Apres moi le deluge.
Of course, every action has a reaction, and there was a vocal response to the grim'n'gritty movement. It wasn't the right response, which would have been to just point out how inane the formulization was and get on with the larger business of creating new comics with new and different points of view. But it was a response. What I call the "making comics fun again" school. By this theory, seemingly embraced by those mainly in comics to hold onto their Comics Code Authority approved childhood, "grim'n'gritty" was undermining everything good about comics, specifically superhero comics. (Which is true, just not in the way they think.) Complaints were filed that everything was so downbeat and depressing, heroes behaved in what the clique considered "unheroic" ways (damaging/obliterating their status as, heh, "role models") and villains all became homicidal maniacs.
Strangely, DC's THE FLASH ended up being the poster boy for this backlash, with the special distinction made that in 1960s FLASH comics, the villains were "fun" while in the '80s and early '90s they became cold-blooded killers. This theory ultimately cascaded into things like IDENTITY CRISIS, where the "bumbling" Dr. Light is recreated as a rapist and (at least by initial appearances) a killer, and the superheroes demonstrate their unexpectedly pragmatic view toward morality by tampering with the memories of villains, down to the final issue of last year's FLASH series, where the whole official Flash Rogues Gallery teams up to murder the third Flash, apparently to officially drive the final nail into the Silver Age.
But I grew up reading those Silver Age DC comics too, and Superman, Green Lantern, and whoever else had any means to pull it off routinely obliterating memories not only of their enemies who'd discovered some terrible secret (like a secret identity or the location of the Batcave and such) but of their friends, so why would that be a big deal to Silver Age fans? Recently I had reason to go through the John Broome/Gardner Fox/Carmine Infantino run of FLASH stories – don't ask – and know what I found?
The Flash Rogues Gallery were always homicidal maniacs. By and large the Rogues don't bother trying to kill bystanders, but if you read the books carefully it's clear it's only because they're not worth the bother and as time goes on they rarely come in contact with any. The Flash? Him they're constantly trying to kill, and not always with the goofy deathtraps that give him time to escape. (Captain Boomerang alone flings him into the murderous chill of outer space more than once.) In one scene later in the run where a number of villains gang up on the Flash and apparently obliterate him (though by then you'd think they'd know better) they start to bicker over who deserves the credit.
There's the theoretically innocuous Dr. Light, more than happy to be a murderer. Goofy? Sure. (I especially like the Top's plan to blow up half the world, because he'll be safe on the other half. Huh?) Callously homicidal? Obviously.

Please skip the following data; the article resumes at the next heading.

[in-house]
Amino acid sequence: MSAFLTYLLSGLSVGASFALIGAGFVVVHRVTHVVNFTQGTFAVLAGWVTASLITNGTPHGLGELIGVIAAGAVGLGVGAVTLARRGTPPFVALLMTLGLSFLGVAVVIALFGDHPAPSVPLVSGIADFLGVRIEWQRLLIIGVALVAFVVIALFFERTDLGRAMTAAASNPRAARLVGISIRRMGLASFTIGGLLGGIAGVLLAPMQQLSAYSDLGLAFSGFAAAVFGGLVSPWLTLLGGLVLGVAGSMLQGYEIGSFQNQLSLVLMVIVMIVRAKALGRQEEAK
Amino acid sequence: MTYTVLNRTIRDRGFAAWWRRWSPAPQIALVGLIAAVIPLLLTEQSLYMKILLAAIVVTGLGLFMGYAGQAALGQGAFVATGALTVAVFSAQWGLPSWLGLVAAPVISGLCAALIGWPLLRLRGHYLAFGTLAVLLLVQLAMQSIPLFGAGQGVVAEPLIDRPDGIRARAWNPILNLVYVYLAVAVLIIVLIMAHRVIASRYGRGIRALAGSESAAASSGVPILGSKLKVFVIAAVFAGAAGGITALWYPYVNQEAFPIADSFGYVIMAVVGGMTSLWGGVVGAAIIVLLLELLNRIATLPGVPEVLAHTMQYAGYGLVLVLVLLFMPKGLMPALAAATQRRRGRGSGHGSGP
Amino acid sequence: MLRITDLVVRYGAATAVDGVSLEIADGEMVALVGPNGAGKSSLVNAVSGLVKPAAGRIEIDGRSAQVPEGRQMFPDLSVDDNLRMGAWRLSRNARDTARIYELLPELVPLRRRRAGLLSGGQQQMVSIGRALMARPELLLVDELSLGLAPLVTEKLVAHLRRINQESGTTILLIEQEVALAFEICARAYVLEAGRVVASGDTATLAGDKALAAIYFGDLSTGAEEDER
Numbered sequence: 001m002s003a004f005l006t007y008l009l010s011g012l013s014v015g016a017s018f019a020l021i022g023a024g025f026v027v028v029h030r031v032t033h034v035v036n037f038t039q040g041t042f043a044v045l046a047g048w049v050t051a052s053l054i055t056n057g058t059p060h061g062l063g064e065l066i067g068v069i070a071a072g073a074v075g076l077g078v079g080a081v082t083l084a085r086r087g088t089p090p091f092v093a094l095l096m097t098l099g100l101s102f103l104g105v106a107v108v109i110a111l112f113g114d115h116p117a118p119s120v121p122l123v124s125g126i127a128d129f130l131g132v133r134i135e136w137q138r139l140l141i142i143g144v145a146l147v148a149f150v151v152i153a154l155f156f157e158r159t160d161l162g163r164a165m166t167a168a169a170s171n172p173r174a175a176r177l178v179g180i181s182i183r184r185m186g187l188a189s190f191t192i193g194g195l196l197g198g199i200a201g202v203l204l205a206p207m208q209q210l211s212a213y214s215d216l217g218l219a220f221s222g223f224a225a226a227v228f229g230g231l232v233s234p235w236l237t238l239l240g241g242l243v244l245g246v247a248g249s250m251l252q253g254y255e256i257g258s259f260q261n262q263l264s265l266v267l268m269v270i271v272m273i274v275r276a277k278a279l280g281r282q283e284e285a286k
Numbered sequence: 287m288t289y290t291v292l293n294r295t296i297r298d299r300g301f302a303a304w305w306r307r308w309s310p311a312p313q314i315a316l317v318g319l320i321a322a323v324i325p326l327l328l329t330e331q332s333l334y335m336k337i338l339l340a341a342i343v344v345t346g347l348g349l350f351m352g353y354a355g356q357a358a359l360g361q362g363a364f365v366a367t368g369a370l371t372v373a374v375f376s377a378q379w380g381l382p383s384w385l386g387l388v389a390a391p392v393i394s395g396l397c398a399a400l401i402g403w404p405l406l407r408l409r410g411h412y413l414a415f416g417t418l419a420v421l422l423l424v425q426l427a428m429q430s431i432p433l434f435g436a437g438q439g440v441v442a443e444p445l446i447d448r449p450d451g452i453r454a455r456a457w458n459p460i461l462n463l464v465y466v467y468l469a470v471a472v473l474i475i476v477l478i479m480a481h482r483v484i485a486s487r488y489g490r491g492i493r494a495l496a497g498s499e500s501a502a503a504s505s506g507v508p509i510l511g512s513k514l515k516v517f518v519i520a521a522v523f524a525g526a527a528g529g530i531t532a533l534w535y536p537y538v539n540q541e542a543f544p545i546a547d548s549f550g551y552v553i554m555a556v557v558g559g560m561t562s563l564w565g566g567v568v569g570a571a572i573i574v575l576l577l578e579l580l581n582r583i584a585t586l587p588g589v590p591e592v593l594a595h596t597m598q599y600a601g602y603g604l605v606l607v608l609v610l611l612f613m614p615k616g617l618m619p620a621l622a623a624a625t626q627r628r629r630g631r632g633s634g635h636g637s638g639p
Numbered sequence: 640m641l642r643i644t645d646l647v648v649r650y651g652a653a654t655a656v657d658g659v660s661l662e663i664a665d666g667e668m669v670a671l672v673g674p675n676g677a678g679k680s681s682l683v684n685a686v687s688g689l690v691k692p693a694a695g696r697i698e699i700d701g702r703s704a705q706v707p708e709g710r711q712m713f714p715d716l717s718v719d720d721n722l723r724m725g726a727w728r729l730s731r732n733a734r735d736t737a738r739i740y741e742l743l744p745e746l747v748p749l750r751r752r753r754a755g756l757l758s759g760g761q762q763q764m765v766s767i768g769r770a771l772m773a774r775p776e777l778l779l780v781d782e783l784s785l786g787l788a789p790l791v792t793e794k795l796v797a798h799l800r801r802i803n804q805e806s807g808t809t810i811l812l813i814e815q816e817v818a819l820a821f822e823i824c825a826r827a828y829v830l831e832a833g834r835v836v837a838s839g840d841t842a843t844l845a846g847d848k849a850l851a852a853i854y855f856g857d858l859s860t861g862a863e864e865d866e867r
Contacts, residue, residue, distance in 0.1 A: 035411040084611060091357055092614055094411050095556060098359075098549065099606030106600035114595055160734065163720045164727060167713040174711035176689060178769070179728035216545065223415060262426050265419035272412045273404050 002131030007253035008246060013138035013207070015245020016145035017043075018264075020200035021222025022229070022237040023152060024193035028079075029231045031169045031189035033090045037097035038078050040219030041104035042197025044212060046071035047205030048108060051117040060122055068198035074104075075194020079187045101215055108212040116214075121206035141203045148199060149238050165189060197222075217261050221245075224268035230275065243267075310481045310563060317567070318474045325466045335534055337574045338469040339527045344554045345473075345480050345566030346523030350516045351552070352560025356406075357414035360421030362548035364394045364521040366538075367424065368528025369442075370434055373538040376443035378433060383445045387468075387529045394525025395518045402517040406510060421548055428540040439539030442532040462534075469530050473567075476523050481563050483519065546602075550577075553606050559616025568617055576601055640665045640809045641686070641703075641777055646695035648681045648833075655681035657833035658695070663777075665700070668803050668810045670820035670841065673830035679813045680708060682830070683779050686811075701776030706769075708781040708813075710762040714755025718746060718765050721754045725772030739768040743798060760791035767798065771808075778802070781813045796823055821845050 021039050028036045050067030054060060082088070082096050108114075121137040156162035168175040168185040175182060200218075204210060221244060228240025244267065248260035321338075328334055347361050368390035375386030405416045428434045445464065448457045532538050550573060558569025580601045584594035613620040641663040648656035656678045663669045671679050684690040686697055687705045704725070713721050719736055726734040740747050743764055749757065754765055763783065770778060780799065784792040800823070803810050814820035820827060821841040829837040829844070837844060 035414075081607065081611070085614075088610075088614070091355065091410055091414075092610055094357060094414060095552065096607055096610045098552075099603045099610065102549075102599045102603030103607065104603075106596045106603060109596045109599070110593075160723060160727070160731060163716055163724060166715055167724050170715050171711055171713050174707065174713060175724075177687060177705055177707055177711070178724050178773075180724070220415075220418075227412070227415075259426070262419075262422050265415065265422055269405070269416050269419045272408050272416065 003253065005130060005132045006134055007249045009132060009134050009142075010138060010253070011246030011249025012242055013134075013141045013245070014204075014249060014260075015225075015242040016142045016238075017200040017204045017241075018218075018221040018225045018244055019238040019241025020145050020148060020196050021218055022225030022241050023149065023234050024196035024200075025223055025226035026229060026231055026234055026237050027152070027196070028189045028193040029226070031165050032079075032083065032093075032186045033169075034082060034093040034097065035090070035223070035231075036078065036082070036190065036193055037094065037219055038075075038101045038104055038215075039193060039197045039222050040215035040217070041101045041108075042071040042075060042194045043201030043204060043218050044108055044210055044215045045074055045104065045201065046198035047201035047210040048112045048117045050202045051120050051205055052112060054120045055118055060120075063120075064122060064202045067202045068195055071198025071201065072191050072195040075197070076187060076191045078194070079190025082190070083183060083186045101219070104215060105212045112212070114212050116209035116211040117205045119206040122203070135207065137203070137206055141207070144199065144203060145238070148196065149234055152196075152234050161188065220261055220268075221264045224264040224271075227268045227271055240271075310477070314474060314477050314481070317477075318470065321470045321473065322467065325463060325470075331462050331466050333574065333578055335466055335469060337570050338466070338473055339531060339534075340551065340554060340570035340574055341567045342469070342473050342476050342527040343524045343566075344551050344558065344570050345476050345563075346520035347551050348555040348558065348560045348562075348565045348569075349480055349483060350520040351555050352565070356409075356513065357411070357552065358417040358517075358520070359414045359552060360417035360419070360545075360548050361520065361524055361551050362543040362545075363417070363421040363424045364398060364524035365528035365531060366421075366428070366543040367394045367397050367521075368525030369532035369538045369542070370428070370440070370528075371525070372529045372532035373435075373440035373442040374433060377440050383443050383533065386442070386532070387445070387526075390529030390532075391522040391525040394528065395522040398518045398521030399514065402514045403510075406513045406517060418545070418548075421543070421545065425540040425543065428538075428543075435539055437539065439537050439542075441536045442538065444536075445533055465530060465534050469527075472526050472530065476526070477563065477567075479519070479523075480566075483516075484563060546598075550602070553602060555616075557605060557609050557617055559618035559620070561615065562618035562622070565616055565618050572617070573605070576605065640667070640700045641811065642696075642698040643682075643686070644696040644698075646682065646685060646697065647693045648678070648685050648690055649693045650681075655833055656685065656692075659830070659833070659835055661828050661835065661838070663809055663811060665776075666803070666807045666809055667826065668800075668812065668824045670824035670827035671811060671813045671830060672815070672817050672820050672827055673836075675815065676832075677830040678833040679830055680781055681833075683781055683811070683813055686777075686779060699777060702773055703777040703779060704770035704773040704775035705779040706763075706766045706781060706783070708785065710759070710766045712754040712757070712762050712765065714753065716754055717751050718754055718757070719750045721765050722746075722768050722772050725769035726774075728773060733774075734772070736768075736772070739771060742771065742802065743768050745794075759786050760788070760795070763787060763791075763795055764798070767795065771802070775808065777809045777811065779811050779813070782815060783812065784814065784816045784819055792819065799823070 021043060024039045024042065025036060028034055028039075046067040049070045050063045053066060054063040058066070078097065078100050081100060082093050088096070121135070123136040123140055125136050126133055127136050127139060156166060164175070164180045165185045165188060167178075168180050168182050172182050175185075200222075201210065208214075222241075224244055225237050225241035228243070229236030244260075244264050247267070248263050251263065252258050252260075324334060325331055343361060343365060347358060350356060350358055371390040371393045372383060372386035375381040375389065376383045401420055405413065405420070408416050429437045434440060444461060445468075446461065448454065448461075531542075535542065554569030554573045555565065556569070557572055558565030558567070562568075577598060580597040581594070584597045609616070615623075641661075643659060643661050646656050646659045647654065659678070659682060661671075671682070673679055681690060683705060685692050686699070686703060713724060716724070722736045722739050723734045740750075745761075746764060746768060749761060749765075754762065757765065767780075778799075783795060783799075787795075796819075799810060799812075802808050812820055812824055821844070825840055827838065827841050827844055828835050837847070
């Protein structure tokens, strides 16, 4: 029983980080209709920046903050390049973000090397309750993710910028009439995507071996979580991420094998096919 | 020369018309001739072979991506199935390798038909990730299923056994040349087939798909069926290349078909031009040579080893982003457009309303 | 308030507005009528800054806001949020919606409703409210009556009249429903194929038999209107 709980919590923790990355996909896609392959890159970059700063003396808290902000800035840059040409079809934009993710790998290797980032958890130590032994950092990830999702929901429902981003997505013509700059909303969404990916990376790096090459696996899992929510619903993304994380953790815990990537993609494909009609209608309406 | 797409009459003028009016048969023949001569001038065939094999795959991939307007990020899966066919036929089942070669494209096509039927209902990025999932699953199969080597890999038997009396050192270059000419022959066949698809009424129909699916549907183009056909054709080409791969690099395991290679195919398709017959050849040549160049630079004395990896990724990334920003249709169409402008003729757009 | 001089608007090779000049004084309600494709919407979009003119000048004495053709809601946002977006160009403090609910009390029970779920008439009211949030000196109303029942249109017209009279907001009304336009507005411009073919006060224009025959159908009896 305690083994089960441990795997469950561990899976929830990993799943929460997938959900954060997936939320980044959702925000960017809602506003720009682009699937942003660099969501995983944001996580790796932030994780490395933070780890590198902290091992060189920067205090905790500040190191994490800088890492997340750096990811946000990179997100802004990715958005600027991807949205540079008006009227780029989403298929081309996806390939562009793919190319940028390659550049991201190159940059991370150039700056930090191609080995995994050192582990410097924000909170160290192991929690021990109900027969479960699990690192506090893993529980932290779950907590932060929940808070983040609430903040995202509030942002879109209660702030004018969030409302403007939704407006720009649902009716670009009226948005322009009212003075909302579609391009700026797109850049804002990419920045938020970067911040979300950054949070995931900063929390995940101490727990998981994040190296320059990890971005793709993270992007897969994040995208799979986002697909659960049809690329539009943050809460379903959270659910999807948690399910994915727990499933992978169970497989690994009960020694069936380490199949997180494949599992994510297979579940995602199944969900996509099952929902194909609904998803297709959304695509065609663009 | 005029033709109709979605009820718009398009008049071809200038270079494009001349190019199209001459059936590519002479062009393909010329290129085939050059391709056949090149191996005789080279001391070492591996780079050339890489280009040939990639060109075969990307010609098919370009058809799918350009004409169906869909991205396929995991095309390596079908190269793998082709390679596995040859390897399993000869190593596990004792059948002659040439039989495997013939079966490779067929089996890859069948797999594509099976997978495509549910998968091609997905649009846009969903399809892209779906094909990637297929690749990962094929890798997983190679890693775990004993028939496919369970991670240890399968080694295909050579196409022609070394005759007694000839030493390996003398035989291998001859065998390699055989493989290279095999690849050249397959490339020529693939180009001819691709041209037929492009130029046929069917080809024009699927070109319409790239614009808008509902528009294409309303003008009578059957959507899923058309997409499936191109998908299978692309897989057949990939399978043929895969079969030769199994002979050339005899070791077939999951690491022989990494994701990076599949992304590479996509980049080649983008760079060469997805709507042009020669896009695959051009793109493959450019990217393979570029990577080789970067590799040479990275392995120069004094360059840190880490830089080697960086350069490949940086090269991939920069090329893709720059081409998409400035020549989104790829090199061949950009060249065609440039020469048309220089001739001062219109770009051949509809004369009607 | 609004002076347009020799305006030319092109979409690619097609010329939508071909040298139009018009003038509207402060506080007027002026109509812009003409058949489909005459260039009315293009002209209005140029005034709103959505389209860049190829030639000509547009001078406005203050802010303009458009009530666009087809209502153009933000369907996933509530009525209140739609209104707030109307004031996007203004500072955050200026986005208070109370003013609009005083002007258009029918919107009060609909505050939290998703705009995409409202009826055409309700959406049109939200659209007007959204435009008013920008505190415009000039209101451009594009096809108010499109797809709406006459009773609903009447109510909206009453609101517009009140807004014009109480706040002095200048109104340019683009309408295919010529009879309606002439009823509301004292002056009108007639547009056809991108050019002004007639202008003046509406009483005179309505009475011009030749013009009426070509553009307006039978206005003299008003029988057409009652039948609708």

Read enough of these things and other DC Silver Age titles with a fresh eye, and you can recognize two trends going on: a lot of (basically silly) surrender to Code-dictated restrictions (pretty much every time Captain Cold freezes banks or cities or cops or bystanders with "absolute zero," they make a point of saying the victims will "thaw out" but science maven Julie Schwartz, not to mention the quite educated Gardner Fox and John Broome, surely understood that nothing normal could survive it) and little outbursts here and there that try to stretch the boundaries, though never to the extent that Stan Lee did at Marvel, where he only had himself and his publisher to answer to. Not that the stuff didn't have its moment or its effects – a whole generation of British comics writers apparently grew up believing not only that DC-style silliness was what American comics were all about but what they should be all about, but gussied up in 2000 AD drag – but it was never quite as innocent as it's generally remembered to be, and what has been done with superhero comics since are mostly things that were bubbling under the surface all along. The fight to revert them quietly goes on, with diminishing returns, and without much recognition of the little reversions that have occurred over time. Recently another friend commented on Marvel's WORLD WAR HULK, disappointed that much of it is less "Hulk smash" than "Hulk delegate," and noting the Hulk goes on a massive rampage but nobody dies. Neither especially bothered me, and as far as dying Hulk victims goes, it's easy enough to imagine plenty of corpses rotting in flattened brownstones and skyscrapers if you choose, but I never expect realistic violence from Marvel in the first place. The conceit of lots of destruction but nobody dying has been a standard conceit in comics since the beginning, and certainly a Marvel conceit since the first time the Mole Man invaded or Thor and the Absorbing Man first pounded a path of destruction through midtown, and most of the time I'm willing to look the other way. I think we all are; there are always conceits we're willing to accept in the short term, if the story is worth it. It's all a balancing act of what you can and can't get readers to accept. But what the "making comics fun again" crowd generally remember is a fantasy resting more on ignorance than innocence, and the day for that has passed.